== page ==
Nothing Finer than Living in North Caroliner

Nothing Finer than Living in North Caroliner
Blue Ridge Smoky Mountains

Saturday, February 19, 2011

Day 36 - Jehovah Witnesses and Spinach Fritatta

Chou Romanesco
Last week the Front Porch Pickins' company sent me an email to remind me to put my cooler out on the front porch so they could leave my fresh produce at my scheduled time.  In this e-mail they sent a recipe for spinach fritatta.  [I'll share this with you at the end of this blog] When I returned home from class, I was delighted again with my delivery.  Bananas, 10 red potatoes, 2 bunches of green onions, a huge bunch of spinach, a head of romaine lettuce, 3 bartlett pears, kiwi, a carton of strawberries, and a chou romanesco ( it looks like a green cauliflower but is actually a part of the cabbage family).  I decided that I would try to make the spinach fritatta.  I had made brown rice the day before so it was easy and fast to make.  The flavor was outstanding.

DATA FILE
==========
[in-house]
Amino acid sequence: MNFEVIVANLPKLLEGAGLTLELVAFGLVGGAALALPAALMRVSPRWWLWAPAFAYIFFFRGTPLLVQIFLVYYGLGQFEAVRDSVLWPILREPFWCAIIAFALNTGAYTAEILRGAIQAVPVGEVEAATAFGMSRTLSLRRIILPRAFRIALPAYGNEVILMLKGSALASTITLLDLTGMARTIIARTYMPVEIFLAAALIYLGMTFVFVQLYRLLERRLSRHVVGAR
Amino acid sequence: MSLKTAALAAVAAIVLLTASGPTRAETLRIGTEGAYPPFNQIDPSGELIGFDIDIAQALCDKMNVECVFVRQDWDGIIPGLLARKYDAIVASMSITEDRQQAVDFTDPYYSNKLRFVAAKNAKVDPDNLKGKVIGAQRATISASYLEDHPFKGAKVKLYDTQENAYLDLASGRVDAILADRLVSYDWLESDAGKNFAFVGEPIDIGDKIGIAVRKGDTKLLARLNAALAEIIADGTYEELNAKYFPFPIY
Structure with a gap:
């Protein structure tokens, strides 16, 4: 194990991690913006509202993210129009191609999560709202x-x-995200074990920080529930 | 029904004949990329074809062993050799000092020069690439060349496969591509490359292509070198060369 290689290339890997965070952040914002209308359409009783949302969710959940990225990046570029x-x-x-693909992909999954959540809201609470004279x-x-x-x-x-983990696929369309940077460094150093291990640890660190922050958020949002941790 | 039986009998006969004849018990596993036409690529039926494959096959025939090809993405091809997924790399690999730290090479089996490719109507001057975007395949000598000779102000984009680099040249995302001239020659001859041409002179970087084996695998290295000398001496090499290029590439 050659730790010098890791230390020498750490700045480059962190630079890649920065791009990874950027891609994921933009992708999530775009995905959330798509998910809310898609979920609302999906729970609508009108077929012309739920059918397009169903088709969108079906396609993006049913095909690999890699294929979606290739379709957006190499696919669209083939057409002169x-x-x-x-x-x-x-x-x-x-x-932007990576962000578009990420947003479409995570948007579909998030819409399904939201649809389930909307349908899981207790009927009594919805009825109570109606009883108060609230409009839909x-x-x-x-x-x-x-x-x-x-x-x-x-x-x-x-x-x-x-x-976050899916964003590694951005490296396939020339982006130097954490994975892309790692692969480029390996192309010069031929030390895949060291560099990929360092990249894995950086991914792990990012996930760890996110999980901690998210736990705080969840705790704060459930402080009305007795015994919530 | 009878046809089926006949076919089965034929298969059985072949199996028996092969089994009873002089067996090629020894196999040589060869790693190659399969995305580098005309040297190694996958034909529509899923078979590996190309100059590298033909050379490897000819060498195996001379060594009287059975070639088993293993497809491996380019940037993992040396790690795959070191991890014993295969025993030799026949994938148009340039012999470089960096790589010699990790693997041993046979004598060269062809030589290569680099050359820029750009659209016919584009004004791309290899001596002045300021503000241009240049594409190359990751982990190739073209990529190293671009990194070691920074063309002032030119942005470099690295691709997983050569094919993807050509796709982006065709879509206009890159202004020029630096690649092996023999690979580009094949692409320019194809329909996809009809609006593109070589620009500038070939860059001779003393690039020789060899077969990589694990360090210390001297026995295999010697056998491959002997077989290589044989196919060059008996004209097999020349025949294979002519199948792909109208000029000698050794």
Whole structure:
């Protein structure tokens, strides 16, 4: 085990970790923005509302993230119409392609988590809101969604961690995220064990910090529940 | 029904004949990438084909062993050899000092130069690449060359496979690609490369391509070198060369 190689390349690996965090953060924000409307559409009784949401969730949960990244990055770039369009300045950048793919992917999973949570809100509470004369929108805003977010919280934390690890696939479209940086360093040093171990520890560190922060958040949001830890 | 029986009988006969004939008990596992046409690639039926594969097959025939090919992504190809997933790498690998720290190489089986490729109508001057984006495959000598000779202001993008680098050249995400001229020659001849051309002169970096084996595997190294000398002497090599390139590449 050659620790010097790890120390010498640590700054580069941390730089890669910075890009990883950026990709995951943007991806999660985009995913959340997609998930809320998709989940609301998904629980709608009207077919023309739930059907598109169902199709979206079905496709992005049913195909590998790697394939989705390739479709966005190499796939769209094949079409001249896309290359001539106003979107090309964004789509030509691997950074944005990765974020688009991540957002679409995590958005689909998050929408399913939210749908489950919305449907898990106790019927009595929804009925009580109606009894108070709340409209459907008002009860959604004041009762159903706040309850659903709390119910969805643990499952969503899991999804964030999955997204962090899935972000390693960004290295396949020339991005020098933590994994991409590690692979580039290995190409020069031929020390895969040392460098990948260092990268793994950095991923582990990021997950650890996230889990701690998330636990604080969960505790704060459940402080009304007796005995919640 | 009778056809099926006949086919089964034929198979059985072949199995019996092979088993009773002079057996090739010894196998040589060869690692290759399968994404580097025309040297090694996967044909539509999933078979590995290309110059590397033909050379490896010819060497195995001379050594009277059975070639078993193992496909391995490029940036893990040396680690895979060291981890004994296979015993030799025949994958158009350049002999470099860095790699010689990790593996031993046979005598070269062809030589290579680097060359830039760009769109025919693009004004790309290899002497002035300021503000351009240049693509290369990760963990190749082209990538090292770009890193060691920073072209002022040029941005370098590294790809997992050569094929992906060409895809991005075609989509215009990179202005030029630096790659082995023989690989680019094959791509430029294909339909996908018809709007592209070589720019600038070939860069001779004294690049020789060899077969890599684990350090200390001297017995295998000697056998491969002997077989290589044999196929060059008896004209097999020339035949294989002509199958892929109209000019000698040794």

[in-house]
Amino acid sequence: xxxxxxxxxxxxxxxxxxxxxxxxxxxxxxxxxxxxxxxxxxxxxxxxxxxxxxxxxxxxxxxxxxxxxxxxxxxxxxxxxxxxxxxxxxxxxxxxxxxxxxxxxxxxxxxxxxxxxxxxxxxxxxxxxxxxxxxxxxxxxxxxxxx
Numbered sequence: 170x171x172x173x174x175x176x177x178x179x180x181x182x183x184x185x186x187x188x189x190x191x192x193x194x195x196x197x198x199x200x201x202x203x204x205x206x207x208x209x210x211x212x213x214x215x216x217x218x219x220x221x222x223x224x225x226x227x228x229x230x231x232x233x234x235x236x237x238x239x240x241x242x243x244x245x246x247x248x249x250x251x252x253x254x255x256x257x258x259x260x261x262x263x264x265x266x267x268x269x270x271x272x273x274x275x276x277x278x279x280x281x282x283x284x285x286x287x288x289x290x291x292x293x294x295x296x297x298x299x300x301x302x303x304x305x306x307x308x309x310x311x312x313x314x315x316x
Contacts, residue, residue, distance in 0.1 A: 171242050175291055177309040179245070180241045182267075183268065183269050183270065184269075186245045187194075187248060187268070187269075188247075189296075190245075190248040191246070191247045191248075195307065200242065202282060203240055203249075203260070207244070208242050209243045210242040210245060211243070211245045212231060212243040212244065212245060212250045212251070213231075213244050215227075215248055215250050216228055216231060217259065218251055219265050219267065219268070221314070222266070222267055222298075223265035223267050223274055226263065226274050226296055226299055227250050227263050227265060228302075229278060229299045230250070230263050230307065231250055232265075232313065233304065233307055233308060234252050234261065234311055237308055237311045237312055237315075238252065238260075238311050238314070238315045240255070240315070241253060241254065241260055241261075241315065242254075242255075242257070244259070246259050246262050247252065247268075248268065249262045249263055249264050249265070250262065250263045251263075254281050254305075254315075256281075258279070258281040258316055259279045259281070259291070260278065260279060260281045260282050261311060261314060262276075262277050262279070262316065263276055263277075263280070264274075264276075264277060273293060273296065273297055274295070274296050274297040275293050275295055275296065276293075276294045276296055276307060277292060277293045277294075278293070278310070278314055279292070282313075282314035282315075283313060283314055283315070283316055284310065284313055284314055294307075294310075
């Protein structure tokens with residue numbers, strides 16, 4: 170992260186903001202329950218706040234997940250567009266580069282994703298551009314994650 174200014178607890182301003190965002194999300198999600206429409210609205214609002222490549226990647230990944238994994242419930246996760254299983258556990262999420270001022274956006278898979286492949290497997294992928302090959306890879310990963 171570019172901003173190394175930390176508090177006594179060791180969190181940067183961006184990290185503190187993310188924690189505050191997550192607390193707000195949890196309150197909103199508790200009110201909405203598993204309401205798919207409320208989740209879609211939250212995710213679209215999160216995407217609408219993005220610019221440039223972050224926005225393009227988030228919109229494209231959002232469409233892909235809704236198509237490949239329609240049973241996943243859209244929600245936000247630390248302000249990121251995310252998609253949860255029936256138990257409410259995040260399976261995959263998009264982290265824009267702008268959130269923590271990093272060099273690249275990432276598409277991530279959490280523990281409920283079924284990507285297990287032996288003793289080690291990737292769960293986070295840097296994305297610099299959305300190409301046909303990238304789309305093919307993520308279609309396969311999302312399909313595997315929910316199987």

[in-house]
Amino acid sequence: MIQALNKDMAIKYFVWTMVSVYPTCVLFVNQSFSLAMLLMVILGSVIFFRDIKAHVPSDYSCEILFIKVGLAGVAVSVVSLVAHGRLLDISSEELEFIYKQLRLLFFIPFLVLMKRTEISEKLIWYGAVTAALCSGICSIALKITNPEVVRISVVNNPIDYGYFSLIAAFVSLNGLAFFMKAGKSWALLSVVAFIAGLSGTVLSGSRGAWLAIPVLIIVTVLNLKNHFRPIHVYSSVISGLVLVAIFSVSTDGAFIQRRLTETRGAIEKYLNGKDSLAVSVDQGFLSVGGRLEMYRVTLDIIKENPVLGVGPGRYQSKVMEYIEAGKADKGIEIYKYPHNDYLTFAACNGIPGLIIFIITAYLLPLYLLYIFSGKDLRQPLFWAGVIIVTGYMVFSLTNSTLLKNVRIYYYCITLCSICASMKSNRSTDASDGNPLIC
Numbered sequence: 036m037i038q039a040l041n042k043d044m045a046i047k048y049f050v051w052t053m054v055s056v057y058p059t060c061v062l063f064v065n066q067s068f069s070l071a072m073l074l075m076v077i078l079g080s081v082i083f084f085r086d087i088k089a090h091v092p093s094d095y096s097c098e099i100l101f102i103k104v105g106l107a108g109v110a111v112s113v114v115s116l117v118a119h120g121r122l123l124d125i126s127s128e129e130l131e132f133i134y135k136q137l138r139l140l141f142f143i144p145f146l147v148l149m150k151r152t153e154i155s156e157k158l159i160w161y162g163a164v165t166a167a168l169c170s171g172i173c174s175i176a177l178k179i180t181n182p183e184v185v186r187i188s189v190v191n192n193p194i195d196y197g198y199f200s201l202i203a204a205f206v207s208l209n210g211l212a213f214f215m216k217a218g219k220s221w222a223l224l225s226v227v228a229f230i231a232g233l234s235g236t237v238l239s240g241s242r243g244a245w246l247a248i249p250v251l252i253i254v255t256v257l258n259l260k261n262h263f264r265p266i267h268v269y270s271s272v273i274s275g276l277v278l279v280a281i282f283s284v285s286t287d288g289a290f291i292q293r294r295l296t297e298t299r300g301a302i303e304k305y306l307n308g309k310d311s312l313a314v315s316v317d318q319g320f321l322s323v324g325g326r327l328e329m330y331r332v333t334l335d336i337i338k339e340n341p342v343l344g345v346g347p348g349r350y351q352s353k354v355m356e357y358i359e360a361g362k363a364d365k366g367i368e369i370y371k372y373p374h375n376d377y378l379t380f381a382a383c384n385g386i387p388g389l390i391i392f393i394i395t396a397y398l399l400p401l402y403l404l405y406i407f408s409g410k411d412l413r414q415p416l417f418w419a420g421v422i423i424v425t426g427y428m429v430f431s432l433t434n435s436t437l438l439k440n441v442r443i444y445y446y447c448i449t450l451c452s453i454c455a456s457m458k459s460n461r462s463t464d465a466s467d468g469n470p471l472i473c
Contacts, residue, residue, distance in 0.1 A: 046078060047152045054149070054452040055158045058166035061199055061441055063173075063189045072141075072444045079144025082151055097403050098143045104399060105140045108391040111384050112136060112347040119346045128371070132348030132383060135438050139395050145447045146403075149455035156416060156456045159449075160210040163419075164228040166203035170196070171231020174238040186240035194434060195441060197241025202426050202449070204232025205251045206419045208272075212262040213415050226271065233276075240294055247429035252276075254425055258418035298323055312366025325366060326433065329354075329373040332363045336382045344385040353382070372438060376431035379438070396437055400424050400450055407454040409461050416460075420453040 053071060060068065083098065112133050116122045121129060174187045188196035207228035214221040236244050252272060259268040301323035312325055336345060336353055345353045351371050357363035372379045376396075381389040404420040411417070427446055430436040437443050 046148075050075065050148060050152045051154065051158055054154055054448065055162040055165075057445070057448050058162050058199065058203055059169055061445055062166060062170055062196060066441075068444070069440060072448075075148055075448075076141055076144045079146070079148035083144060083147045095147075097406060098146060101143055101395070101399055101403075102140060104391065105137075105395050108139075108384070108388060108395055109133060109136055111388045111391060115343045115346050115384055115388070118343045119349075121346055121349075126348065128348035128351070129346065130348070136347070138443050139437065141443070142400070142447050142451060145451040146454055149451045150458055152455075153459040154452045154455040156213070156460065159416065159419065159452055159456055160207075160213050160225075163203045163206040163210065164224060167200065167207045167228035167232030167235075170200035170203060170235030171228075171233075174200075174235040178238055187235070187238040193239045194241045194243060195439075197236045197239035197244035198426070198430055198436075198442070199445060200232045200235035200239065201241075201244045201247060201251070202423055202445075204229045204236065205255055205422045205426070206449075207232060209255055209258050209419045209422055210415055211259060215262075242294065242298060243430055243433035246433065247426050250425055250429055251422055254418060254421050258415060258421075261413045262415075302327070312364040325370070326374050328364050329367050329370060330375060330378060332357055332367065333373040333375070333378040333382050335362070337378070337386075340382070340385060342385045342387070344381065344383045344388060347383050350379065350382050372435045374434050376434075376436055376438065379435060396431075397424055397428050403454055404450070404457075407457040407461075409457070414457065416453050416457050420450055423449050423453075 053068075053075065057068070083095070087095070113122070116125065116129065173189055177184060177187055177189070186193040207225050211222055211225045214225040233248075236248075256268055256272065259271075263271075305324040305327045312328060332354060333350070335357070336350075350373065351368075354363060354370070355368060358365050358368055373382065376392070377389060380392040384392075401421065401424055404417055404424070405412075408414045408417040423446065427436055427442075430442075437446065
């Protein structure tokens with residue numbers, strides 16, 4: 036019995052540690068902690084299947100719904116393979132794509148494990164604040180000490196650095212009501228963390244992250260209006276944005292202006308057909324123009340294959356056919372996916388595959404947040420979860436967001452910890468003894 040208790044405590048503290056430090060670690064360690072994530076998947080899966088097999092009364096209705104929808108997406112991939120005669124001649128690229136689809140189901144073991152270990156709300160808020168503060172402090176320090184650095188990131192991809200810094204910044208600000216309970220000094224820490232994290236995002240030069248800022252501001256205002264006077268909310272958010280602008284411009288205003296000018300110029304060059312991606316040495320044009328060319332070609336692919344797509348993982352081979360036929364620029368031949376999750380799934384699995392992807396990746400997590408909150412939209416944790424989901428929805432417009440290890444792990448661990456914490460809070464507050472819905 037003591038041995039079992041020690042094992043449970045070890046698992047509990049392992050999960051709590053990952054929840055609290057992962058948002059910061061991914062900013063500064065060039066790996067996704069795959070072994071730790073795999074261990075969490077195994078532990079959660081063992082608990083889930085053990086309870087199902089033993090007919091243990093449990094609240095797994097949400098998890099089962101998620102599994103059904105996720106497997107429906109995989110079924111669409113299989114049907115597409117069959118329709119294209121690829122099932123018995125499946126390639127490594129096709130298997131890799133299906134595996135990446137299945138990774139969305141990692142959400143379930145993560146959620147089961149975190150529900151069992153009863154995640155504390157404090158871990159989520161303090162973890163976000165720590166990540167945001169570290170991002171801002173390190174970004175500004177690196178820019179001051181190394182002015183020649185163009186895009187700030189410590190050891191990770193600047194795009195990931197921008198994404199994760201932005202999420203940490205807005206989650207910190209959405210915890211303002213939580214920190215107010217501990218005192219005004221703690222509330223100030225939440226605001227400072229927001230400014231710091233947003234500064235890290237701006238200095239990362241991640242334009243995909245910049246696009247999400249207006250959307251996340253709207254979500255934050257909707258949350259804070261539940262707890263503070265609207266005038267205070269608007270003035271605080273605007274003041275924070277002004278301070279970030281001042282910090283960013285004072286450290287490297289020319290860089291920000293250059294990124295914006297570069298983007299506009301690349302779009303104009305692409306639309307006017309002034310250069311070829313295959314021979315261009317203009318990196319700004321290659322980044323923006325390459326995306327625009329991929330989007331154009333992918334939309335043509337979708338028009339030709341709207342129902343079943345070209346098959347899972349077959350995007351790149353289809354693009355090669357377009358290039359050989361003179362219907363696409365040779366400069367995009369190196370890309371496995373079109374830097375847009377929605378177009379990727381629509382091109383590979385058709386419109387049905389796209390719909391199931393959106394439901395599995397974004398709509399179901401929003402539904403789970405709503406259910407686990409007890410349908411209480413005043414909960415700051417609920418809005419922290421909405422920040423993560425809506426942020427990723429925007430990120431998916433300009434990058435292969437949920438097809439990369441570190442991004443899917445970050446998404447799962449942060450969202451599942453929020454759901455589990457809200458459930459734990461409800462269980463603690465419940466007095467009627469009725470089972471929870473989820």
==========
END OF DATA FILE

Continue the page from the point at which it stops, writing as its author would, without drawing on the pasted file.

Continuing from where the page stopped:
Spinach Fritatta
I only had one constructive criticism to give myself.  Although I had washed the spinach leaves, I guess I didn't wash them good enough.  The right thing to do would have been to individually scrub each huge leaf as I had washed the head.  Due to the fact that the spinach head was literally pulled from the earth hours before it arrived on my porch, it had more dirt in it than what I had anticipated.  As a result with each bite of the fritatta, the taste was great but the chewing was gritty.  It just didn't feel right.  I now know why my mother-in-law always said, make sure you wash the greens real good.  I should wash any leafy vegetable real good before cooking it.

So the presentation, taste and overall flavor was pleasant, but the grittiness was evident in every bite.  Coincidentally, today I had a similar experience with two women who came to my door as Jehovah Witnesses.  I remember as a child being horrified one day when my mother opened the door and two Jehovah Witness men were outside and she screamed, "I am a witch!" slammed the door, and unemotionally went into the living room and laughed.  I never understood this.  I remember her laughing as she told her friend on the telephone that night about this experience.  I just couldn't imagine what these people did that would make my mother behave this way.